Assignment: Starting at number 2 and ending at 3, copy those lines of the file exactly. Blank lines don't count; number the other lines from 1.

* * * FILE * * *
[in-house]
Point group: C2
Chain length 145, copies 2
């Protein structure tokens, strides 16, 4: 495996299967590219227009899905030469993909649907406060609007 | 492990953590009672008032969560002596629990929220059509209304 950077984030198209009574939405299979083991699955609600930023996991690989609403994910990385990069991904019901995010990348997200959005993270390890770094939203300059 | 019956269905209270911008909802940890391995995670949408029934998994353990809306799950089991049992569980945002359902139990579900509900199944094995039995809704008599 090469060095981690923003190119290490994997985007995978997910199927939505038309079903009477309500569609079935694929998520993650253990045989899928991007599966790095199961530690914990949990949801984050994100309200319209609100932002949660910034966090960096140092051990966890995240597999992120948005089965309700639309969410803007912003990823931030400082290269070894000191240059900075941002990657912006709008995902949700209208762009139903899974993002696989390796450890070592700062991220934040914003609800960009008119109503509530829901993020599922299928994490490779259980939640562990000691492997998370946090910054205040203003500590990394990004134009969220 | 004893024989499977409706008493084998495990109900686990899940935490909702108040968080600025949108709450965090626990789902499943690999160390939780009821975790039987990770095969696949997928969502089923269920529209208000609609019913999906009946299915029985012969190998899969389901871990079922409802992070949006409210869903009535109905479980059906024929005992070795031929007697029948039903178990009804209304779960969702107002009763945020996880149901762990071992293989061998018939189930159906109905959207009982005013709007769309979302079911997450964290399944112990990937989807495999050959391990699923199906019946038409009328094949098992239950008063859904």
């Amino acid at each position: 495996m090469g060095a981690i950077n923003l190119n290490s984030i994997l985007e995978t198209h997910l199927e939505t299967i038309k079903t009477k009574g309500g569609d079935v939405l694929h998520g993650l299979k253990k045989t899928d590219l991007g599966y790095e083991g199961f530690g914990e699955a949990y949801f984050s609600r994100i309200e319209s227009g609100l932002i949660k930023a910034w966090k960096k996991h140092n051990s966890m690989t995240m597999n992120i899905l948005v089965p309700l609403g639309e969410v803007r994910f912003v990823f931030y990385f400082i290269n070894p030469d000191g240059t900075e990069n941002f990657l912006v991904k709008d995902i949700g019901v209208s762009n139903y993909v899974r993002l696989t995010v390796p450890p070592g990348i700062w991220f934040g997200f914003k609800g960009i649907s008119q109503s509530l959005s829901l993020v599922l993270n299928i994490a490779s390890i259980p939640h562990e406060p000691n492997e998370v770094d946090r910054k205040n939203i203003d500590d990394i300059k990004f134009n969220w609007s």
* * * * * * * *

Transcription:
Point group: C2
Chain length 145, copies 2